By Emmy Jensen
In a state predominately filled with members of the LDS faith exists a Muslim society striving to foster an Islamic way of life based on a fair, virtuous and compassionate community.
The Islamic Society of Greater Salt Lake was created for Muslims in Utah who live the ideals from the Holy Qur’an and the path of moderation described within.
“There are a great deal of Muslims in Salt Lake,” said Andrew Kosorok, a glass artist and Islam researcher. “I believe the majority of them belong to this group.”
The society puts on a banquet every year celebrating the Islam faith in America.
“It is a fundraising banquet that they put on annually,” Kosorok said. “They bring in a speaker to talk about Islam in the modern world and what it means to be Muslim.”
This year, the banquet will feature Sheikh Mutahhir Sabree, a renowned scholar and speaker from South Carolina. Sabree has been a Muslim for more than 30 years and hosts a cable broadcast about the religion titled “Bridge to Faith.” He will speak on the challenges and opportunities in America.
Congressman Jim Matheson will be at the banquet showing his support for the society along with a few other local politicians.
Elder Kent Richards of the Church of Jesus Christ of Latter-day Saints will be in attendance as a representative for the Church.
According to Kosorok, Latter-day Saints have long shown support for the Muslims.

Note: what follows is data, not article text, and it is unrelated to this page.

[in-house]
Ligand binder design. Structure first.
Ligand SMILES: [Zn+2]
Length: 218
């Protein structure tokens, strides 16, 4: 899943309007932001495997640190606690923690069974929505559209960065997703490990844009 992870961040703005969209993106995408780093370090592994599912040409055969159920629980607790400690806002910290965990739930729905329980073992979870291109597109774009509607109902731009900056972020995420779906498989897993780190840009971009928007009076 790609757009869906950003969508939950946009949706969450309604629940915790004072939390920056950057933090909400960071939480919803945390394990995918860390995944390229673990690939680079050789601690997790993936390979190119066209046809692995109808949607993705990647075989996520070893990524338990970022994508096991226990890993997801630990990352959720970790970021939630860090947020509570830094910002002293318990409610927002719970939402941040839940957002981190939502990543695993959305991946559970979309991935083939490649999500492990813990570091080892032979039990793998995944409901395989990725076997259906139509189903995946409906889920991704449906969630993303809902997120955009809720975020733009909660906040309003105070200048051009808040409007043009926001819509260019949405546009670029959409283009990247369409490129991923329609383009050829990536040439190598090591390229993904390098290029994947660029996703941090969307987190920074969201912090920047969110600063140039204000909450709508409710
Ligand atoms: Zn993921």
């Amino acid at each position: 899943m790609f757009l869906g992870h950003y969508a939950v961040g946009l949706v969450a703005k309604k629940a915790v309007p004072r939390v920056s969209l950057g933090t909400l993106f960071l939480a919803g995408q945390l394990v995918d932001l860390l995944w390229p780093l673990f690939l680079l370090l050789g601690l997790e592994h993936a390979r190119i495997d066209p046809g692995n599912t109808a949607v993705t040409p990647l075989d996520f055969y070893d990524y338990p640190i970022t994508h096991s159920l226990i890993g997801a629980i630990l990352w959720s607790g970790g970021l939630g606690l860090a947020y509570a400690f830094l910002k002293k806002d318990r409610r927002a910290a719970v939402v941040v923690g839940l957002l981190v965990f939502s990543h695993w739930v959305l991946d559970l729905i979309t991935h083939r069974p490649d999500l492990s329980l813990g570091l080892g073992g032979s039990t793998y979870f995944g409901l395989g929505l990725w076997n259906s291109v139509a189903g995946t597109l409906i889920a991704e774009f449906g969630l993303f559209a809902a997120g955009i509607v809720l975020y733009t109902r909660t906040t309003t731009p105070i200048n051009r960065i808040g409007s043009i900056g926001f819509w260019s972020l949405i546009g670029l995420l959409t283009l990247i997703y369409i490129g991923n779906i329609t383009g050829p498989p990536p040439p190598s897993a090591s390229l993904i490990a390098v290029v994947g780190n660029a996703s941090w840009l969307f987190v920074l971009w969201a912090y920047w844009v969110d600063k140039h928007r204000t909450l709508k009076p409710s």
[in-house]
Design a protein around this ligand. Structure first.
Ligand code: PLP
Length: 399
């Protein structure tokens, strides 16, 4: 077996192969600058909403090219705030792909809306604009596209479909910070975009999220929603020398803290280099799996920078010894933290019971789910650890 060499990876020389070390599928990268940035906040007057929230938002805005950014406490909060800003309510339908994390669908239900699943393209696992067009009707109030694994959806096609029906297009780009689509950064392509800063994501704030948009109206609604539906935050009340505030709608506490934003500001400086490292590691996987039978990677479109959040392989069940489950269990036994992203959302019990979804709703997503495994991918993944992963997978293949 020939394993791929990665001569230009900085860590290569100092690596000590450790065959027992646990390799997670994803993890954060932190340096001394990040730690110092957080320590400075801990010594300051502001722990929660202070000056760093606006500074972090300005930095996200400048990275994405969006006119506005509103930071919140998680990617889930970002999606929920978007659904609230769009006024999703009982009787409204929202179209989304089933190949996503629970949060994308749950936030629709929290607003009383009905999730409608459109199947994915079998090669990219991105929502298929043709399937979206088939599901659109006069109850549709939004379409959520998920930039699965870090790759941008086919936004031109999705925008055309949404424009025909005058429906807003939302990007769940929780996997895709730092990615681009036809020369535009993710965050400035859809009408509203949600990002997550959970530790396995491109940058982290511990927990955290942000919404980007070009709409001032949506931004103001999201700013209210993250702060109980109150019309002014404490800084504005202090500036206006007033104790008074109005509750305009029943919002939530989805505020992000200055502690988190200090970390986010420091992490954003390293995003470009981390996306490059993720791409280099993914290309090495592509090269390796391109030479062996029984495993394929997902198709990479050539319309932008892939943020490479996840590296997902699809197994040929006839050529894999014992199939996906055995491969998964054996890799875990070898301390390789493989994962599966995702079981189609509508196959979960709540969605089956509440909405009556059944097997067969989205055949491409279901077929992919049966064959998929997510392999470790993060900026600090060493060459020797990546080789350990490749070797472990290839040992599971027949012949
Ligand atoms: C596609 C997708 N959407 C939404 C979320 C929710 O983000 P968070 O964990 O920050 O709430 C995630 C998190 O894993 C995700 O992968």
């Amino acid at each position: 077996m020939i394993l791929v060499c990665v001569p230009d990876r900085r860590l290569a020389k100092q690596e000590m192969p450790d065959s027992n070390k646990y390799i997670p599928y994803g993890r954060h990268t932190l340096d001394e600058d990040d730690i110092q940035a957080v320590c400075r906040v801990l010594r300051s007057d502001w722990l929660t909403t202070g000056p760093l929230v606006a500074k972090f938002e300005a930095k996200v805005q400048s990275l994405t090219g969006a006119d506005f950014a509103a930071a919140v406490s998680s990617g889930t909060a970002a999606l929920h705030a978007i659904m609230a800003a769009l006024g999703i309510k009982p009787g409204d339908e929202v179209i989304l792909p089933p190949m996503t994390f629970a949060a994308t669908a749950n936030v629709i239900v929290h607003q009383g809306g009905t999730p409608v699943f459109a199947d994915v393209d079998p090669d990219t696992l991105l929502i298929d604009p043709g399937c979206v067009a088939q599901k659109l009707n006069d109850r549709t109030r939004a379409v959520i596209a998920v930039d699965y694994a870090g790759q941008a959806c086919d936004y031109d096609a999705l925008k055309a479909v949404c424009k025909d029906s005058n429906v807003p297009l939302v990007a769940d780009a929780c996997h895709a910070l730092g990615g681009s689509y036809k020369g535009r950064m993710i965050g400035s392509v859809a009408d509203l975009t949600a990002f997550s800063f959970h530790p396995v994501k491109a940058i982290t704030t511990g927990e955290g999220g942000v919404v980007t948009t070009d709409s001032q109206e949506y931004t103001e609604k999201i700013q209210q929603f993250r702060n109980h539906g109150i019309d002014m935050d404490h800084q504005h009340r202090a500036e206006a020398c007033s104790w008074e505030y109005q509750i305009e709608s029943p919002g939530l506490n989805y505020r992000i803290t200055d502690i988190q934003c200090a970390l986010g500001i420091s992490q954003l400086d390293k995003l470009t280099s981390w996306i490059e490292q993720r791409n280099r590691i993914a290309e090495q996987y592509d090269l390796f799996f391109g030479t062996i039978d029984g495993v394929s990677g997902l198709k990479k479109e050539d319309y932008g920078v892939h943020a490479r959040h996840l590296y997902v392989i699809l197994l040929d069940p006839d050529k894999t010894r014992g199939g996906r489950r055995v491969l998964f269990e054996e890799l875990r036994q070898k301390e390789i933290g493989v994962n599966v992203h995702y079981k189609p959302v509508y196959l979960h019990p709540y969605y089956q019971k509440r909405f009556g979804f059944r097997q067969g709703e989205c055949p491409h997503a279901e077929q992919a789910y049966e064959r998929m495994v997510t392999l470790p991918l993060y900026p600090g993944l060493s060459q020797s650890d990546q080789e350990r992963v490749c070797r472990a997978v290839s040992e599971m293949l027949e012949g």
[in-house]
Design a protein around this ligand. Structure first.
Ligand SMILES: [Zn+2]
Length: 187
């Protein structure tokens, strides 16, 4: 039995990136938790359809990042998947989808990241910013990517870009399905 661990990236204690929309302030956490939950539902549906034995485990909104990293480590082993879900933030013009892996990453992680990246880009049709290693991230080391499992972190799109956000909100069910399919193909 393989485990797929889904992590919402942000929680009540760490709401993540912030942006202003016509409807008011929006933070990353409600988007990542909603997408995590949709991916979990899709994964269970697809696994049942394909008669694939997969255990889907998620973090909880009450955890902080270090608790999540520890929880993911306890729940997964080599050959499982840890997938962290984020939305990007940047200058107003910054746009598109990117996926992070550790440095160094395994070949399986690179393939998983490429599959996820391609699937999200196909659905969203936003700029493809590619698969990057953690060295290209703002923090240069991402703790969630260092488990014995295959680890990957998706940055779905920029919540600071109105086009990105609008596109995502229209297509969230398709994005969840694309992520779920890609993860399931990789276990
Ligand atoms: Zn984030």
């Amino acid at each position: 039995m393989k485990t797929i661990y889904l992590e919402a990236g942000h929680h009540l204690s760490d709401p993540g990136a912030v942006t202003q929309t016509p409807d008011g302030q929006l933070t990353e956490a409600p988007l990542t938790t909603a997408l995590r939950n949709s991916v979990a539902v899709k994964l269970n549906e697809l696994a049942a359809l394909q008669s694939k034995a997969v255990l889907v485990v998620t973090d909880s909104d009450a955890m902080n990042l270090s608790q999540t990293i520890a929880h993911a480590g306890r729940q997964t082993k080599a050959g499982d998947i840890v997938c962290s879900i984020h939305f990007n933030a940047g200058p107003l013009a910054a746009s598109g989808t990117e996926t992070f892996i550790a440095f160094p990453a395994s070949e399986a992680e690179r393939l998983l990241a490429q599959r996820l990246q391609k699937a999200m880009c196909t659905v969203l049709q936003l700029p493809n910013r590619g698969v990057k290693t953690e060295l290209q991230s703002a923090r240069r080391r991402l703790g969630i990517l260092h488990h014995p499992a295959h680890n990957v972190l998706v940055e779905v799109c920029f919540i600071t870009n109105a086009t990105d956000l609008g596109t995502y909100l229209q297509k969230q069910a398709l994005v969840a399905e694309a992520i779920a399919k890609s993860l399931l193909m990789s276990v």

“Leaders in the LDS Church have been showing their support for the Muslims since the religion was restored,” Kosorok said. “They explain that our religious rights don’t really mean much unless we extend that liberty to others.”
Kosorok has taken the initiative to study the Muslim religion and gain a better understanding of their culture. As a glass maker he has created a series of glass sculptures relating to the 99 names of God described by Muhammad.
When the Islamic Society heard about Kosorok’s art, they invited him to bring some of his sculptures to display at the banquet. From there, Kosorok received an invitation from the Interfaith Round Table to attend the banquet.
“It’s great to be invited because I am LDS and they are all Muslim,” he said. “We get along very well.”
Fellow Mormons are pleased with the support the LDS Church has given the Muslims.
“Muslims are experiencing hatred much like the early Mormons felt as the Church was being developed,” said Cami Whitaker, a resident from Provo. “We need to try and understand how it feels for these people and treat them with respect.”
Some students are eager to attend the event to gain a better understanding of the Muslim religion.
“I think it would be interesting to hear more about what they believe,” said Michelle Maw, a graphics student from UVU. “I know it would help me understand Muslims better.”
The banquet will take place Saturday at the Sheraton Hotel in downtown Salt Lake City from 6:30-9 p.m. For tickets or more information visit utahmuslims.com.